April Fun- English videos for Lockdown!

Para nuestr@s alumn@s de clases online, os presento un artículo cultural sobre esta tradición británica y también un ejercicio de “listening” para nuestros grupos de CAE tan motivados!

Part 1: Listening comprehension:

Watch this video ( twice- first for gist, then for specific information) and complete the exercises:

  1. Where is Il Tacino?
  2. Describe the climatic conditions of the last winter?
  3. Why are the last two weeks of March a difficult time for spaghetti farmers?
  4. What other factor contributes to this bumper year?
  5. How is spaghetti produced and prepared?
  6. What do the locals propose a toast to?
  7. Find the synonyms of these words and expressions in the video:
    1. Have blossomed
    2. warmest
    3. on records
    4. go ahead
    5. limits
    6. to a relative degree/extent
    7. a family-run business
    8. an unusually abundant year ( for crops)
    9. much effort
    10. produced at home/not manufactured in a factory

Part 2.Reading and Discussion:

April Fools’ Day, sometimes called All Fools’ Day, is considered the most light-hearted day of the year.  It is celebrated on the 1st of April in many European countries, in French under the name of “Poisson d’avril” and in Italian “Pesce d’aprile”.

What is the story behind April Fools’ day?

Why on 1st April, whilst in Spain the day for pranks is on 28th December?

Whilst some see this day as a celebration that stems from the adoption of a new calendar, others believe it is related to a simple change of seasons.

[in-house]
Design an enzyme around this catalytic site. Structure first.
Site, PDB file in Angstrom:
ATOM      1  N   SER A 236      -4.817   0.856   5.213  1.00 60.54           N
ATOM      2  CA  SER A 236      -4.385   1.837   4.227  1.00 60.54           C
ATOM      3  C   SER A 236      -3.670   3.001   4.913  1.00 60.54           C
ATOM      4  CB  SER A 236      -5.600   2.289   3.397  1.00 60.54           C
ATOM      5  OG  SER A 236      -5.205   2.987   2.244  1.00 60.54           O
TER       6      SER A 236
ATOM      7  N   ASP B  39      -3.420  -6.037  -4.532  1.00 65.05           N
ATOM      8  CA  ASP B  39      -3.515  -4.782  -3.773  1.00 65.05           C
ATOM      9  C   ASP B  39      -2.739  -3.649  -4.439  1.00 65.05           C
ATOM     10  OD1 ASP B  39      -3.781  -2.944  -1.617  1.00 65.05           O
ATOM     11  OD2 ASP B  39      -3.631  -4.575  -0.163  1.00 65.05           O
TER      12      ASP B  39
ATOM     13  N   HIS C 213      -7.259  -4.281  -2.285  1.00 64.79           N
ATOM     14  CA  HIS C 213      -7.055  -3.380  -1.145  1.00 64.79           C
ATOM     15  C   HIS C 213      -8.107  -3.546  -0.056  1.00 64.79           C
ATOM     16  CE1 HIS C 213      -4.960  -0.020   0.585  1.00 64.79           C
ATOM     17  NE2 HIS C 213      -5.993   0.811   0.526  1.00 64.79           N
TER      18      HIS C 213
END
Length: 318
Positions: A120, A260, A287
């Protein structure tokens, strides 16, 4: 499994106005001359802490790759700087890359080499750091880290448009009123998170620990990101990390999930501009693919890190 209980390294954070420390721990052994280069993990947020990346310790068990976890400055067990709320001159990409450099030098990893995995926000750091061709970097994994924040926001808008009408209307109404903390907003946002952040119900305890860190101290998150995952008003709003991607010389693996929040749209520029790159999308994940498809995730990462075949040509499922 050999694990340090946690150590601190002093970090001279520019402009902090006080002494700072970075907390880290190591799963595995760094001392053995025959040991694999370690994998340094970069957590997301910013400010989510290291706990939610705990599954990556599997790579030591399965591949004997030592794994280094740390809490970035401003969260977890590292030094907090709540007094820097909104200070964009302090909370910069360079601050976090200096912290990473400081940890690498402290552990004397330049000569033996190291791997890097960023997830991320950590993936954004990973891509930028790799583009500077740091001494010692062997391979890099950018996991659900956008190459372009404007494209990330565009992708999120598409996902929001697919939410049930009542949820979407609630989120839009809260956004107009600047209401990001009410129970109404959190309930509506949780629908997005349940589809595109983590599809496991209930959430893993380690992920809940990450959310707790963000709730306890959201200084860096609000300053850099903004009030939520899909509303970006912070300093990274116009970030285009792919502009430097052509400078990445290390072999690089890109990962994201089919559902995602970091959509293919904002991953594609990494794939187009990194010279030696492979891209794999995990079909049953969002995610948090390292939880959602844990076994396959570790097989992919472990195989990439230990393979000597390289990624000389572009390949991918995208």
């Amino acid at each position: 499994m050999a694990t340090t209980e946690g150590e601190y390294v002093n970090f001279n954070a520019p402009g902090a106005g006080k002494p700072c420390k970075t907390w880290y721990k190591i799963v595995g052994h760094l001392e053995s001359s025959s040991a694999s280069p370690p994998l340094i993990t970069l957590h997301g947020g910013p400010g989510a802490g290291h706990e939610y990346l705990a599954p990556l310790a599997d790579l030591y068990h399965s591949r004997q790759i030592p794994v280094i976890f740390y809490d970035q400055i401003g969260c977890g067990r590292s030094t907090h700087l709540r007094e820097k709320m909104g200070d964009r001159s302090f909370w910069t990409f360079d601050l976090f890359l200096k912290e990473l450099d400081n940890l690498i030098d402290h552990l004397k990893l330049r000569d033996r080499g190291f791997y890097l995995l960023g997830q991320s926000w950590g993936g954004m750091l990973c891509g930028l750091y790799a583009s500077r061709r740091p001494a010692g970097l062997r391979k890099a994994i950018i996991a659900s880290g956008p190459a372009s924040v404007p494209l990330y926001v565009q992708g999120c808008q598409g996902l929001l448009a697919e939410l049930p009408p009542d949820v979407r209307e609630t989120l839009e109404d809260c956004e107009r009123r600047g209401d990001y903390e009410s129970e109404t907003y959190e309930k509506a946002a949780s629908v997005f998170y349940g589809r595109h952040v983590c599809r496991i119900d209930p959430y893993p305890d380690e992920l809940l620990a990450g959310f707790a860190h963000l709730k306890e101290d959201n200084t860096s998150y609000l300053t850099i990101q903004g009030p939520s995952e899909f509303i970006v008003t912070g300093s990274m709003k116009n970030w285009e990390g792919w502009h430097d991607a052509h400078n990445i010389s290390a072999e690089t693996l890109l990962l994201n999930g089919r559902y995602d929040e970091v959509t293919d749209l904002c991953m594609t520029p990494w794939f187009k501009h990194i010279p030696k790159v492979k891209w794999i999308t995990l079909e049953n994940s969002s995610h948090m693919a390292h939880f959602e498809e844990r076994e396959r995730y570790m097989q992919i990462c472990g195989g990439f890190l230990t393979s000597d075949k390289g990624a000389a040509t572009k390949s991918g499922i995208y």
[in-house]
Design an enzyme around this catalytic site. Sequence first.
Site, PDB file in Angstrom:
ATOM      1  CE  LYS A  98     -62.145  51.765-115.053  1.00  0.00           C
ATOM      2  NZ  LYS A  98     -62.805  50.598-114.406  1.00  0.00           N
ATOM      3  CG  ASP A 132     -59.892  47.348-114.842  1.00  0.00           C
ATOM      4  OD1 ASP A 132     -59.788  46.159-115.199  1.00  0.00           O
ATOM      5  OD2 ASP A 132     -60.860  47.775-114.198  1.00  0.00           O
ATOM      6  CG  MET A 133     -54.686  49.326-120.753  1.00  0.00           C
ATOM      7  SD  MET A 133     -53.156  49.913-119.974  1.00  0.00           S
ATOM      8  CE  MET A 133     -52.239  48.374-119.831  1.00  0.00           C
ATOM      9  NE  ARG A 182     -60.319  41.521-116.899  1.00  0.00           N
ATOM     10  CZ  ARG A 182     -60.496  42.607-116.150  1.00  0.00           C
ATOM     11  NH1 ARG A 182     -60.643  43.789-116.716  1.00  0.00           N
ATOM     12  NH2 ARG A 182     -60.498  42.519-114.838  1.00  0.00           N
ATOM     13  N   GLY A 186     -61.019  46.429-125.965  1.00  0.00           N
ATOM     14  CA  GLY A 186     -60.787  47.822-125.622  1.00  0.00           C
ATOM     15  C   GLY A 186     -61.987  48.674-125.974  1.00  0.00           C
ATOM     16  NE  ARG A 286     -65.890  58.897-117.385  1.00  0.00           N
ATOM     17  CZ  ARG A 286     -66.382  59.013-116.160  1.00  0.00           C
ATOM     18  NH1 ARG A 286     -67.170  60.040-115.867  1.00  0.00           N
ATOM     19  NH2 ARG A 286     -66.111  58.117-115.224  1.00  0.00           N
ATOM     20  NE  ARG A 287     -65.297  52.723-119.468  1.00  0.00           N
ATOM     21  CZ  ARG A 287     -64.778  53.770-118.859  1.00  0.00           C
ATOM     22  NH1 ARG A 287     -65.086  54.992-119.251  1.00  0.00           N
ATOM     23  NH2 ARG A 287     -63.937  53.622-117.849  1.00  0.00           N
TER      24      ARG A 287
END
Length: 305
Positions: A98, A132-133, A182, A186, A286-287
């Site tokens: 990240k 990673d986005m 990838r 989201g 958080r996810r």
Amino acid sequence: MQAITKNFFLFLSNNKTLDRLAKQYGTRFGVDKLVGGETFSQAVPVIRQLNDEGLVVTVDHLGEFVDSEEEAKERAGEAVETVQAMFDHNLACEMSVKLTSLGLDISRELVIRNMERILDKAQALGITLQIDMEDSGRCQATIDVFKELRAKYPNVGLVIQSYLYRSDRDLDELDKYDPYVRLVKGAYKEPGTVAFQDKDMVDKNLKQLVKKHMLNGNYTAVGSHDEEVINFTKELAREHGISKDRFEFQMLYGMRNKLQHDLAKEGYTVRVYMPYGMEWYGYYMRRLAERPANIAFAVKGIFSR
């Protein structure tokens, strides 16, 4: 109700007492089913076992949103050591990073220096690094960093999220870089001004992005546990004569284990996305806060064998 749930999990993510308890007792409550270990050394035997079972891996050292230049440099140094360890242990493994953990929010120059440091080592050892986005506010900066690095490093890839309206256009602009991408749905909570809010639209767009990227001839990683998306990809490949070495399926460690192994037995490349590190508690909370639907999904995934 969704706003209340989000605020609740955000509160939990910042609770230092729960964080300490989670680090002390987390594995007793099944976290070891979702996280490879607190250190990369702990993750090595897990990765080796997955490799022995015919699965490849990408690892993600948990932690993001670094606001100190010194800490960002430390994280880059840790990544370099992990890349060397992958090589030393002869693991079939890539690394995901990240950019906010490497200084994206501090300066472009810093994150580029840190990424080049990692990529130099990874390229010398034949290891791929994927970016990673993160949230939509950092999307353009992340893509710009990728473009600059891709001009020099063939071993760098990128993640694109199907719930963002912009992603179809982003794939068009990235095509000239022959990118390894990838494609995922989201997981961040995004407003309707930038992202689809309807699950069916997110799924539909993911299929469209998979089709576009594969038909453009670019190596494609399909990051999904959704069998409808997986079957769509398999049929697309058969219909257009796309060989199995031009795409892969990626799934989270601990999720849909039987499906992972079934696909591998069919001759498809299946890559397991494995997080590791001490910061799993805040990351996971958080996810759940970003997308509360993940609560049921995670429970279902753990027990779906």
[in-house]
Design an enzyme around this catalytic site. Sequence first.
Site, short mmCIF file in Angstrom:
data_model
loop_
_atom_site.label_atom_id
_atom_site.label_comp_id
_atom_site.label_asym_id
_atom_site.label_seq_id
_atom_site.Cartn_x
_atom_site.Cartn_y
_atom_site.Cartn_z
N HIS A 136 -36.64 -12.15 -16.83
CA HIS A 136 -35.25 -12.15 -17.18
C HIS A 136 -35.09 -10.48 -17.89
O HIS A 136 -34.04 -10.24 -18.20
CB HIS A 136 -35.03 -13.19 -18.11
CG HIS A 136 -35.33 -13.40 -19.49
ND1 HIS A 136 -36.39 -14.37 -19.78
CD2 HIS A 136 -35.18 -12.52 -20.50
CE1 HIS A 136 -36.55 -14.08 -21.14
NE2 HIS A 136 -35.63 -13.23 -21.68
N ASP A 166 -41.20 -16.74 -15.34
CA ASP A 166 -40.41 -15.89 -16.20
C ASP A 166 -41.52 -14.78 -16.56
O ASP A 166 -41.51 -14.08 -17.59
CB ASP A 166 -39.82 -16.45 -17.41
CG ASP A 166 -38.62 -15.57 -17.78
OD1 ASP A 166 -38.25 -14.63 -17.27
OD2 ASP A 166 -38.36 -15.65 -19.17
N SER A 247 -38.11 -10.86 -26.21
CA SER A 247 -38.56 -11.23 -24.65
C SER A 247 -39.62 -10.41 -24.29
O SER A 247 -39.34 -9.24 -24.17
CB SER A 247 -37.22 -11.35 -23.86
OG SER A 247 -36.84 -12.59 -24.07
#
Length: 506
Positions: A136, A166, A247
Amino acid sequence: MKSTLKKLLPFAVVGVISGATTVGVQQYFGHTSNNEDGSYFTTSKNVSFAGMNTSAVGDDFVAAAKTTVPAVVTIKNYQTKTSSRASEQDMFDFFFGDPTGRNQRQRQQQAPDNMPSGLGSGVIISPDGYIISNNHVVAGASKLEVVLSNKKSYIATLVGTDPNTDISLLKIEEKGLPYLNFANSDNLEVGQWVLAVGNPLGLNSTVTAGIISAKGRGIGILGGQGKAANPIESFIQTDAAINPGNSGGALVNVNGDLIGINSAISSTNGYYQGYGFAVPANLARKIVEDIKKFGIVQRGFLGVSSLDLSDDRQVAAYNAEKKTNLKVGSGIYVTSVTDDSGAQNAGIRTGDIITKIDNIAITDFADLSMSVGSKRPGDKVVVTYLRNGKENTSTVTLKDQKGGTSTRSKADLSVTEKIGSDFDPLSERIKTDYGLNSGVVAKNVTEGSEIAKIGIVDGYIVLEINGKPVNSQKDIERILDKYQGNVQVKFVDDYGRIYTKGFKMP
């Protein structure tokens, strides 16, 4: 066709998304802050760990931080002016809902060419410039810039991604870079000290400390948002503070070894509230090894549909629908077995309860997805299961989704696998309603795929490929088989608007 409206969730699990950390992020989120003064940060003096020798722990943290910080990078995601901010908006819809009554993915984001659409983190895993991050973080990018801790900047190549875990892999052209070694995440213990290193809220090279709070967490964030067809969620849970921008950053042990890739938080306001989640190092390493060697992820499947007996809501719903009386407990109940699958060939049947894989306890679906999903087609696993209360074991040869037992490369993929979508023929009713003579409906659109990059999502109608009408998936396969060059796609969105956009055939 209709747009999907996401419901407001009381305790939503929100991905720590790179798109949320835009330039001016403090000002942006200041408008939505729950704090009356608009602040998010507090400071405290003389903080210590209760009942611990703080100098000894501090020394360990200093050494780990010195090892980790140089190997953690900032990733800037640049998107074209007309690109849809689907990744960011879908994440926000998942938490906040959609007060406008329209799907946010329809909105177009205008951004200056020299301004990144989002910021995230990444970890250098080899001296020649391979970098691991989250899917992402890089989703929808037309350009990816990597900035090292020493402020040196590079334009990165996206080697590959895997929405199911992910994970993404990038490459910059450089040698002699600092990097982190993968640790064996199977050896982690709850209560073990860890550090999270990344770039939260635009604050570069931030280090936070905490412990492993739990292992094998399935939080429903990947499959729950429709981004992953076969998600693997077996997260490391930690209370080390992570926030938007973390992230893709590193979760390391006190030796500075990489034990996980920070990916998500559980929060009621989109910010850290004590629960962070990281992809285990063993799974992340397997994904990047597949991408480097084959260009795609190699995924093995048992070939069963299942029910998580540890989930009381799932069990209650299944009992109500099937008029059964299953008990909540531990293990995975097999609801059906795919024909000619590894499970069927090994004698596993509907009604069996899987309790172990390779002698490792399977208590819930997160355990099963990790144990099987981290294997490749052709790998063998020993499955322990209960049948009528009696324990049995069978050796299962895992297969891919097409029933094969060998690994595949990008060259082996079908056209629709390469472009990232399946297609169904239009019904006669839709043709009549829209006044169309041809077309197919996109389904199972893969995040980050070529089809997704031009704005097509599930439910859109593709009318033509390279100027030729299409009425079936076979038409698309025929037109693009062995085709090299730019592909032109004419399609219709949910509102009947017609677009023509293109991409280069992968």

The Origins behind April Fools’ Day

A change of new year´s day following a reform of calendar.

Many ancient civilisations, including the Romans and Hindus, traditionally celebrated New Year’s Day on or around 1st April. It closely follows the vernal equinox (March 20th or March 21st.) In medieval times, many European countries celebrated 25th March, the Feast of Annunciation, as the beginning of the new year.

In 1582, following the decision of Pope Gregory XIII, a new “Gregorian Calendar” replaced the old Julian Calendar .  This new calendar called for New Year’s Day to be celebrated on 1st January.

So on 1st January 1582, there was an important change in calendar and the first country to adopt this reformed calendar was France.  However, according to a popular explanation, many people either refused to accept the new date, or were not informed, and continued to celebrate their original new year’s day on 1st April. Some began to make fun of these traditionalists, sending them on “fool’s errands” or trying to trick them into believing something false. Eventually, this practice spread throughout the rest of Europe.

Spring Fever

It is worth noting that many different cultures have had days of jokes and absurdity around this time of year.  The Romans had a festival called Hilaria, the Hindu calendar has Holi, and the Jewish calendar has Purim.

Some say that it´s merely the time of year, with its turn from winter to spring, which lends itself to lighthearted celebrations.

April Fools’ Day around the world

April Fools’ Day is observed throughout the Western hemisphere. On this day, the victim could be sent on a “fool’s errand,” looking for things that don’t exist. People play pranks and try to get ‘gullible’ people to believe ridiculous things.

The French call this day Poisson d’Avril, or “April Fish.” Both in France and in Italy, children sometimes tape a picture of a fish on the back of their schoolmates, crying “Poisson d’Avril” to reveal the prank.

Let’s finish with a fun video of an April Fools’ joke that happened this year in England!

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